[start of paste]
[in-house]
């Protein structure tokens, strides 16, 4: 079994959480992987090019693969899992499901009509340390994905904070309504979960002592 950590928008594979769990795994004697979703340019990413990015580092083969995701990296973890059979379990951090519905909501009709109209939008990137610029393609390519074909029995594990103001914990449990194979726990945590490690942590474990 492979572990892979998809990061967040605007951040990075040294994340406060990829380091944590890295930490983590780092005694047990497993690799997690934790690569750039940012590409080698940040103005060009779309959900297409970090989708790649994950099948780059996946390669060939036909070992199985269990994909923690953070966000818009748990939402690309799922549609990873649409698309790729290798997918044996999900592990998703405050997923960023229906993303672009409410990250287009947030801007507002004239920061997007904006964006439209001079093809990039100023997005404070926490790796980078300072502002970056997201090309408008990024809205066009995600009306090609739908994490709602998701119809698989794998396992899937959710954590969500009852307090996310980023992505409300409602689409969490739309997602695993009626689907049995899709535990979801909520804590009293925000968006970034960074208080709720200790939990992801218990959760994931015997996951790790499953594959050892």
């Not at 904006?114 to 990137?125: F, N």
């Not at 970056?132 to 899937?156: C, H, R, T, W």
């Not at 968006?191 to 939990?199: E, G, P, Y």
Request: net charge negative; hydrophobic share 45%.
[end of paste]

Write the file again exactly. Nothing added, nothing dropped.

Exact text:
[in-house]
């Protein structure tokens, strides 16, 4: 079994959480992987090019693969899992499901009509340390994905904070309504979960002592 950590928008594979769990795994004697979703340019990413990015580092083969995701990296973890059979379990951090519905909501009709109209939008990137610029393609390519074909029995594990103001914990449990194979726990945590490690942590474990 492979572990892979998809990061967040605007951040990075040294994340406060990829380091944590890295930490983590780092005694047990497993690799997690934790690569750039940012590409080698940040103005060009779309959900297409970090989708790649994950099948780059996946390669060939036909070992199985269990994909923690953070966000818009748990939402690309799922549609990873649409698309790729290798997918044996999900592990998703405050997923960023229906993303672009409410990250287009947030801007507002004239920061997007904006964006439209001079093809990039100023997005404070926490790796980078300072502002970056997201090309408008990024809205066009995600009306090609739908994490709602998701119809698989794998396992899937959710954590969500009852307090996310980023992505409300409602689409969490739309997602695993009626689907049995899709535990979801909520804590009293925000968006970034960074208080709720200790939990992801218990959760994931015997996951790790499953594959050892």
């Not at 904006?114 to 990137?125: F, N």
């Not at 970056?132 to 899937?156: C, H, R, T, W």
């Not at 968006?191 to 939990?199: E, G, P, Y």
Request: net charge negative; hydrophobic share 45%.